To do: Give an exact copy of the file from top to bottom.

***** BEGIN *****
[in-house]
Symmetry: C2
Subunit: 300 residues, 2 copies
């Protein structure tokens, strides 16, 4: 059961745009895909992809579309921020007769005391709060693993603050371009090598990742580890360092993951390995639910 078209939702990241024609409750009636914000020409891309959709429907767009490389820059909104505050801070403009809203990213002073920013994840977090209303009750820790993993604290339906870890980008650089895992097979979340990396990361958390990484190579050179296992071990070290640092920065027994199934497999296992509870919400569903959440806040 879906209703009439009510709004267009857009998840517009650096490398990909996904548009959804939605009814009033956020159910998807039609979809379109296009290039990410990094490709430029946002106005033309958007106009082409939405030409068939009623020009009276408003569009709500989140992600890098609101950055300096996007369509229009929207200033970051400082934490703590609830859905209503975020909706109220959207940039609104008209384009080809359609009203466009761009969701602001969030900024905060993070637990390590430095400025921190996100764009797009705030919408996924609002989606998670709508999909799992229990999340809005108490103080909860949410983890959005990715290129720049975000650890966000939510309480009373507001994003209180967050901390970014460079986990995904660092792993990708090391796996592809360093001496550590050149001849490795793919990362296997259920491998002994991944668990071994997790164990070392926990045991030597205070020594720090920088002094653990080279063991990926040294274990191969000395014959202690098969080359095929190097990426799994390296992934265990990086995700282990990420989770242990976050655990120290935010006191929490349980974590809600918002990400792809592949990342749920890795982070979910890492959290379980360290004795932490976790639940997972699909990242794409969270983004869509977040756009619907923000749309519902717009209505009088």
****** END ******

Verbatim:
[in-house]
Symmetry: C2
Subunit: 300 residues, 2 copies
């Protein structure tokens, strides 16, 4: 059961745009895909992809579309921020007769005391709060693993603050371009090598990742580890360092993951390995639910 078209939702990241024609409750009636914000020409891309959709429907767009490389820059909104505050801070403009809203990213002073920013994840977090209303009750820790993993604290339906870890980008650089895992097979979340990396990361958390990484190579050179296992071990070290640092920065027994199934497999296992509870919400569903959440806040 879906209703009439009510709004267009857009998840517009650096490398990909996904548009959804939605009814009033956020159910998807039609979809379109296009290039990410990094490709430029946002106005033309958007106009082409939405030409068939009623020009009276408003569009709500989140992600890098609101950055300096996007369509229009929207200033970051400082934490703590609830859905209503975020909706109220959207940039609104008209384009080809359609009203466009761009969701602001969030900024905060993070637990390590430095400025921190996100764009797009705030919408996924609002989606998670709508999909799992229990999340809005108490103080909860949410983890959005990715290129720049975000650890966000939510309480009373507001994003209180967050901390970014460079986990995904660092792993990708090391796996592809360093001496550590050149001849490795793919990362296997259920491998002994991944668990071994997790164990070392926990045991030597205070020594720090920088002094653990080279063991990926040294274990191969000395014959202690098969080359095929190097990426799994390296992934265990990086995700282990990420989770242990976050655990120290935010006191929490349980974590809600918002990400792809592949990342749920890795982070979910890492959290379980360290004795932490976790639940997972699909990242794409969270983004869509977040756009619907923000749309519902717009209505009088």